War of the worlds
Tuesday, in the middle of a symposium on the Internet of Things run by the Marconi Society, a thought occurred: if vendors get their way, other people's homes will be impenetrable fortresses in which nothing works for you, the guest, even if everything works for them, the owners.
I imagine the experience would be like using someone else's mobile phone. Take an example: twenty years ago, left alone in someone's home, you could swiftly execute a decision to watch TV by pushing a button. Today, the buttons you need are scattered among an array of remotes, none of which match any system component. You can watch something online on your computer only if your host has given you the wifi password. And so, tomorrow: the refrigerator will only open for the right RFID card, the washing machine door will remain closed unless the refrigerator authenticates you, and the thermostat will identify you as an interloper (because it has learned the residents' work schedules) and call the police. Speaking as a professional guest of some decades' experience, the prospect is dismaying. You will have to be introduced to the house as if it were the resident alpha dog and you were a new cat.
"People will not buy in unless it's user-friendly," said Thibault Kleiner, head of the unit within the European Commission that's in charge of the Internet of Things and 5G. ("In charge of" is the program's description; my translation is "Ha!")
Internet pioneer Vint Cerf, on hand to help present the 2015 Marconi prize to
fellow pioneer Peter Kirstein, said he wants everything in the Internet of Things to "just work". As Google's internet evangelist, he of course has Nest thermostats that even he admits "learn the wrong things". His nightmare, unlike mine, focuses on his *own* house, where he imagines having to configure 100-plus different devices, spending all day typing in IPv6 addresses. "There's a scaling issue for the individual." Ross Anderson has a solution: introduce Internet of Things devices to each other by touching them together, thereby building up a physically self-configuring system. That works at home, but, as Cerf pointed out, what about gas stations, where the device - that is, the gas pump - needs to talk to relatively few other devices but encounters new humans all day long. Will it need its own "right to be forgotten" mechanism or will we assume that (like today's online retailers that require you to create an account before you can order anything) every gas pump should remember everyone it interacts with in the interests of saving a few seconds if and when you return?
Going back to the home, will your house, like today's desktops, have user groups: Guests, Owners, Administrators? Will that mean that a snooping guest will be reprimanded by the bathroom medicine cabinet if they dare try to open it, like a high-tech version of filling it with marbles?
Security experts have been warning for some time of the dangers inherent in the Internet of Things. These include the mismatch between software update and appliance replacement cycles; the unlikelihood that anyone will want to risk bricking their car by updating the firmware; and the reality that all software has bugs. What life will be like if it all works may be even worse. In 2003, smart home projects imagined local processing. Today it's all in the cloud and for most people Google intermediates navigating information (both virtual and physical, via maps, cars, and Android), companies like Apple and Amazon are gatekeepers to the content we wish to access, and Facebook sticks its nose into all our personal relationships. So tomorrow: companies like Samsung, IBM, and Siemens will intermediate our interactions with even mundane objects like tea kettles and hair dryers. Cue the first "thing" on the internet: the Cambridge coffee machine.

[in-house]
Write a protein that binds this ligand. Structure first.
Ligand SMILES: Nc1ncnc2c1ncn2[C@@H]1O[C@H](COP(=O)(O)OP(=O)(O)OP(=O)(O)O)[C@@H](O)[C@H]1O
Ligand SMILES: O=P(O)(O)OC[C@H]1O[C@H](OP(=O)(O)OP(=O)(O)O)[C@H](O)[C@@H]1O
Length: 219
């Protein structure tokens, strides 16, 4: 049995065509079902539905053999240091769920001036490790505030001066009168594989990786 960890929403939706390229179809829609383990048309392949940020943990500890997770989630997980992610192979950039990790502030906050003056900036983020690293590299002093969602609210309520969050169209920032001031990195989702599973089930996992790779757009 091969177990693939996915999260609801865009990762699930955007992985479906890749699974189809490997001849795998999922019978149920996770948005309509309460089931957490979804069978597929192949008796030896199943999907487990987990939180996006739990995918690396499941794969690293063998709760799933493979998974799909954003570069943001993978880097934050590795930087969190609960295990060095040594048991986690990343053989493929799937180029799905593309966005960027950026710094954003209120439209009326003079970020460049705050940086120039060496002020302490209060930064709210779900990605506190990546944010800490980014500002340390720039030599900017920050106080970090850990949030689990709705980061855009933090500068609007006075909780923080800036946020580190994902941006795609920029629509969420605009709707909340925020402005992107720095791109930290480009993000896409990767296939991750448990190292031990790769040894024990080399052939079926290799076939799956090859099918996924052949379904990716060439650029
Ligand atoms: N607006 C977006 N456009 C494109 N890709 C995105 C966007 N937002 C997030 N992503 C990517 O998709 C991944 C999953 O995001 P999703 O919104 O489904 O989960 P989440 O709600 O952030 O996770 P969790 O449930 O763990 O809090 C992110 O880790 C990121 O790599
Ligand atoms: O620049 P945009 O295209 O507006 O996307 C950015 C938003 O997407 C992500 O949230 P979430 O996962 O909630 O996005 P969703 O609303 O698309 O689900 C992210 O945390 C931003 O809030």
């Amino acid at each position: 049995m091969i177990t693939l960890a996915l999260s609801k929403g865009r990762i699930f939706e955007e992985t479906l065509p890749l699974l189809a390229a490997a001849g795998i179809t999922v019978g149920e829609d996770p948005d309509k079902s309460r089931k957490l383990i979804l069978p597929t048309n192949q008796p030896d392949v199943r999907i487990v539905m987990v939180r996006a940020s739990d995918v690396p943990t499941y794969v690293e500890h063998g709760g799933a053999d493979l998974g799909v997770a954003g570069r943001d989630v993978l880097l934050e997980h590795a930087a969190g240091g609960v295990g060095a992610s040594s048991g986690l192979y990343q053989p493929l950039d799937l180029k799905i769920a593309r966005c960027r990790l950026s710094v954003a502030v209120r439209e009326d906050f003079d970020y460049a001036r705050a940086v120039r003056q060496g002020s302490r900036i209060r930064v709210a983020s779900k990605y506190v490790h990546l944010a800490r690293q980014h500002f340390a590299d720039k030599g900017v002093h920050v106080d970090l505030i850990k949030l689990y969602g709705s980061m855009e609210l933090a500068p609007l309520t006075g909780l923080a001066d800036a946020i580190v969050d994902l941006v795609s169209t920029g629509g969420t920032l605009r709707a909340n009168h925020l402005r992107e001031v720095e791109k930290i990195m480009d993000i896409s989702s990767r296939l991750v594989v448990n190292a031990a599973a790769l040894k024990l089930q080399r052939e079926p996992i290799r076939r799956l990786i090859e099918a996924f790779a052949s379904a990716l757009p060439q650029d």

The good news is that it really may not work. At the Marconi event, Vint Cerf's TCP/IP co-inventor, Bob Kahn, recounted 15-year-old's recent question: "How did you manage to convince all the governments of the world to build the internet?" Of course, they didn't: to a very large extent the internet grew from the bottom up as everyone adopted TCP/IP to get away from proprietary networking protocols that locked them expensively into particular vendors and limited their reach. Kahn is proposing Digital Object Architecture, which relies on repositories, registries, and resolution mechanisms to facilitate interoperability between the myriad protocols whose owners hope they can become monopolies. Can the open internet survive the influx of pwned "things"?
The bigger question is this: whereas the internet grew like wildfire as people rapidly opted for the benefits of being connected, who really wants the Internet of Things other than vendors? "Smart" toys like Hello Barbie are hella creepy, and the rest seems...unnecessary, something most people will have to be forced to adopt by cities and companies determined to collect more data about everything we do.
It took Wendy Hall to remind everyone of the obvious: "It only works if people use it." She went on to ask, "Are we creating the environment for anti-social machines to grow, where our only control is to buy them or not?" In focusing on technology - yet again - instead of its impact, we have as usual missed the point. The Internet of Things is the wrong goal.
Wendy M. Grossman is the 2013 winner of the Enigma Award. Her Web site has an extensive archive of her books, articles, and music, and an archive of earlier columns in this series. Stories about the border wars between cyberspace and real life are posted occasionally during the week at the net.wars Pinboard - or follow on Twitter.